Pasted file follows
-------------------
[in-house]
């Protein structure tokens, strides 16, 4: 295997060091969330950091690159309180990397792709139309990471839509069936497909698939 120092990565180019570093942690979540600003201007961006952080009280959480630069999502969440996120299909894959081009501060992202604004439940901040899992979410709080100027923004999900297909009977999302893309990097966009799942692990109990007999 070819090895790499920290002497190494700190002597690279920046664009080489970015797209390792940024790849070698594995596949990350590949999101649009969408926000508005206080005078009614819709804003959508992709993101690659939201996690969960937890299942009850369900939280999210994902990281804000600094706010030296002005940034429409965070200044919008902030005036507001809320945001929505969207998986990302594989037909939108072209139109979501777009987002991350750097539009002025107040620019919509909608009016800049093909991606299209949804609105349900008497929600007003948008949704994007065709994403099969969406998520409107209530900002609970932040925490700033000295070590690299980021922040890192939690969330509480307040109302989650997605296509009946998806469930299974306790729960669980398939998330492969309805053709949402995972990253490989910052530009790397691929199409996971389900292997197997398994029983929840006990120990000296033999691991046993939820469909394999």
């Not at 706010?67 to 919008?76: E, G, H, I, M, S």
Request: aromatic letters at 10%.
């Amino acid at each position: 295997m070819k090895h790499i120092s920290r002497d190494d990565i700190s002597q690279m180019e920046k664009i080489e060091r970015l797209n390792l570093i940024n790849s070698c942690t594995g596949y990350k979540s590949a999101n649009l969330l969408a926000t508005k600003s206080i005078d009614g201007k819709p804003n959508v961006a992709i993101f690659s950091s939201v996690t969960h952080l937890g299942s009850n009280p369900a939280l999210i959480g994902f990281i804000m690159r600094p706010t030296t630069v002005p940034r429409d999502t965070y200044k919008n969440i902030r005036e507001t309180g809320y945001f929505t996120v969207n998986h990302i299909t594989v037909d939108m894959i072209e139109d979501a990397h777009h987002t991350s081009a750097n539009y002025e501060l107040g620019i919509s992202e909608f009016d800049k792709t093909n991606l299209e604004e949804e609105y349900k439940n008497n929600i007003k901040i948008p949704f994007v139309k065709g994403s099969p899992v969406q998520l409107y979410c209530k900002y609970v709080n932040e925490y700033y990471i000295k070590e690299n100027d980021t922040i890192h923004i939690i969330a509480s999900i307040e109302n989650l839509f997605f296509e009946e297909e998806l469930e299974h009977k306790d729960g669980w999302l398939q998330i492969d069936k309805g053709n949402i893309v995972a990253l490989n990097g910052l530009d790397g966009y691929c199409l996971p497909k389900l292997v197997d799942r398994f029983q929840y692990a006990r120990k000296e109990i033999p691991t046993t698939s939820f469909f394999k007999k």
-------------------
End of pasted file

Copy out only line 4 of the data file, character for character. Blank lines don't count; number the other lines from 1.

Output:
Request: aromatic letters at 10%.